The impact of peripheral artery disease in chronic total occlusion percutaneous coronary intervention

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Conference Proceeding

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Catheter Cardiovasc Interv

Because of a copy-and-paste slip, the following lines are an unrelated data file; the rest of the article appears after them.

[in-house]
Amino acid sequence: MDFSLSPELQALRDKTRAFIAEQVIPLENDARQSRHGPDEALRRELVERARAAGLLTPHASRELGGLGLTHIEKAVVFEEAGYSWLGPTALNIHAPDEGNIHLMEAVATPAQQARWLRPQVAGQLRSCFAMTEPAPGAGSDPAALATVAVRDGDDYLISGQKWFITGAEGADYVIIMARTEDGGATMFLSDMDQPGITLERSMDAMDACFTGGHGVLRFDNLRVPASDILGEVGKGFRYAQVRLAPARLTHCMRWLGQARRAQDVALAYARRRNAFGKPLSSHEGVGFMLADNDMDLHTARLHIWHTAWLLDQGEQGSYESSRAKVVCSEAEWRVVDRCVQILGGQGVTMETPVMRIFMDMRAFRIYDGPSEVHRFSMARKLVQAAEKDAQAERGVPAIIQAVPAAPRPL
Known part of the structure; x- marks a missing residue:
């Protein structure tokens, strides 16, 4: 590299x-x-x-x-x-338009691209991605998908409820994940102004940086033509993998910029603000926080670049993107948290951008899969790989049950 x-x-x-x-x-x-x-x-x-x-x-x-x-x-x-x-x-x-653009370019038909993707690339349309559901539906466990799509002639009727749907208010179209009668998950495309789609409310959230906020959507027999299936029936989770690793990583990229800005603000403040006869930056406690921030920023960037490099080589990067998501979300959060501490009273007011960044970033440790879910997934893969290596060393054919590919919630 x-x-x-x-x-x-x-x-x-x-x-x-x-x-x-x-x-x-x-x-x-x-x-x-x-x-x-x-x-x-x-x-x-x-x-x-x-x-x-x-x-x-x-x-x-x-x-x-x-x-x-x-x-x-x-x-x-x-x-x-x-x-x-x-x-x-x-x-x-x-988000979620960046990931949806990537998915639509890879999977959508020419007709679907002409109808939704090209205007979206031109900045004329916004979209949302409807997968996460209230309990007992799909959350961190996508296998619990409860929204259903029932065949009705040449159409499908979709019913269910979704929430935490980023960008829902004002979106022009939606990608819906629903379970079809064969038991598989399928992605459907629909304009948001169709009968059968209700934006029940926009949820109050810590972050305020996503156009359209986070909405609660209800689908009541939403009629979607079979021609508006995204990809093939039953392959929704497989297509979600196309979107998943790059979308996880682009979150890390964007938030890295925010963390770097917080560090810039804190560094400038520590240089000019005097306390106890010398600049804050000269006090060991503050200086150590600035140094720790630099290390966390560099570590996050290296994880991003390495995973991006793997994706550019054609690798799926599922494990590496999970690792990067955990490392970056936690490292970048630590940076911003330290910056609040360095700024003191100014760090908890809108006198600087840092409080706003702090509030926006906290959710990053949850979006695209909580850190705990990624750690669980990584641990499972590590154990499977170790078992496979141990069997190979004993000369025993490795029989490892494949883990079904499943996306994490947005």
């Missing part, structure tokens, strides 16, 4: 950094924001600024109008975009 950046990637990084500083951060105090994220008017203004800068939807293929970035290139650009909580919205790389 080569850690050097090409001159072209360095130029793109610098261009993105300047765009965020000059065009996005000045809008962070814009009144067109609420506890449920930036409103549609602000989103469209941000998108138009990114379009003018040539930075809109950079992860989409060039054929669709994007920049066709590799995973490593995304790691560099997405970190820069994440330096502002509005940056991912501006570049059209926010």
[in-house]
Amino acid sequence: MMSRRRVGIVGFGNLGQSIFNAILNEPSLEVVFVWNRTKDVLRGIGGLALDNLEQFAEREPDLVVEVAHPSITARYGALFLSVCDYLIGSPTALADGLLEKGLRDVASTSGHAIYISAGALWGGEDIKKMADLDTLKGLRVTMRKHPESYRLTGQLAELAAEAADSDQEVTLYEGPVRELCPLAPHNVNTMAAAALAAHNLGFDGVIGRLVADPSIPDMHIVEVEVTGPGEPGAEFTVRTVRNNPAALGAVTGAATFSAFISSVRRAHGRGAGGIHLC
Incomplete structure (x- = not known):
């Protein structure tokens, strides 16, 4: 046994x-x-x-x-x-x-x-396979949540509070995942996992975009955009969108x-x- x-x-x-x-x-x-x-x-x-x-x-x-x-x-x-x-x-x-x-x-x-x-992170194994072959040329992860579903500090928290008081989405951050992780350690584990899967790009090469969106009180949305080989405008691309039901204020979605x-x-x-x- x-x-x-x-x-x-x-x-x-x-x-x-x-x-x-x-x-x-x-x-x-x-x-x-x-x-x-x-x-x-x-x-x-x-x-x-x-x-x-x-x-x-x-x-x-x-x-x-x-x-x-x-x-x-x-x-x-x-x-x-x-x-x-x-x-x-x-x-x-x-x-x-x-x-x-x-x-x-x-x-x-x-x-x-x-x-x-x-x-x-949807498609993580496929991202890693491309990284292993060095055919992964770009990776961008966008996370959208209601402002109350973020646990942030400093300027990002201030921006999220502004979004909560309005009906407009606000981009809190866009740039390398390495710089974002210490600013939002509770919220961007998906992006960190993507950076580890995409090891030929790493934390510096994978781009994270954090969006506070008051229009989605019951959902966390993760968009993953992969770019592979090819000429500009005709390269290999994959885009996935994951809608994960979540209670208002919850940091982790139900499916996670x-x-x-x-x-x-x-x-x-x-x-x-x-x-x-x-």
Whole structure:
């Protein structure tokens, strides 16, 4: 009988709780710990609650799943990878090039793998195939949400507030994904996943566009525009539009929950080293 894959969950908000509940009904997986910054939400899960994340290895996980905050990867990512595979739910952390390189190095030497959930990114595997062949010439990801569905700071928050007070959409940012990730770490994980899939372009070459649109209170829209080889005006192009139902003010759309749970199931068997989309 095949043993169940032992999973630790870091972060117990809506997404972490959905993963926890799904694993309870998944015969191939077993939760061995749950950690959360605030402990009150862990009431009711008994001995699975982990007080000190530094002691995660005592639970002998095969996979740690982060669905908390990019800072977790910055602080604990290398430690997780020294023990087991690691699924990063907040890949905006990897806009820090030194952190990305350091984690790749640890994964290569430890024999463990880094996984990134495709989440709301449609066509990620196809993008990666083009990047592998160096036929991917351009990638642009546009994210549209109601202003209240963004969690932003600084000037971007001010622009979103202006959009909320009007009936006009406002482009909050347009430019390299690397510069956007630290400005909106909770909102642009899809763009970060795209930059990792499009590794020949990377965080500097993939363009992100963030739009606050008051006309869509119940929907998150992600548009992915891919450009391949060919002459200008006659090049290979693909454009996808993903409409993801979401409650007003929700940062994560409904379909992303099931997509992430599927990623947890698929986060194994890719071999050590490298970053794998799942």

Background: Peripheral artery disease (PAD) is a common comorbidity in patients undergoing chronic total occlusion (CTO) percutaneous coronary intervention (PCI). Methods: We reviewed 3,999 CTO PCIs performed in 3,914 patients between 2012 and 2018 at 25 sites in the US, Europe and Russia of whom 14% had a history of PAD. We compared the clinical and angiographic characteristics and procedural outcomes of patients with prior history of PAD to those with no prior history of PAD. Results: Patients with PAD were older (67±9 vs 64±10 years, p < 0.001) and had higher incidence of cardiovascular risk factors, such as diabetes (50% vs 41%, p < 0.001), hypertension (95% vs 90%, p < 0.001) and dyslipidemia (94% vs 88%, p < 0.001). PAD patients had more complex lesions as illustrated by higher J-CTO score (2.7±1.2 vs 2.4±1.3, p < 0.001). Antegrade wire escalation was a less successful crossing strategy for PAD patients compared to those without PAD (Figure 1). Technical success was similar between the two groups (84% vs 87%, p = 0.127) while procedural success was higher for patients without PAD (81% vs 85%, p = 0.015). In-hospital major cardiac event rates were higher for patients with PAD (3% vs 2%, p = 0.046) driven by the higher percentage of tamponade needing pericardiocentesis (1.8% vs 0.7%, p = 0.021). Median procedure time (124 [82, 200] vs 115 [73, 174] min, p = 0.003) and patient air kerma radiation dose (3.0 [1.7, 4.8] vs 2.7 [1.5, 4.5] Gray, p = 0.032) were both higher for patients diagnosed with PAD. Conclusions: Patients with PAD undergoing CTO PCI have more comorbidities, more complex lesions and lower rates of procedural success as compared with patients without PAD. (Table Presented).




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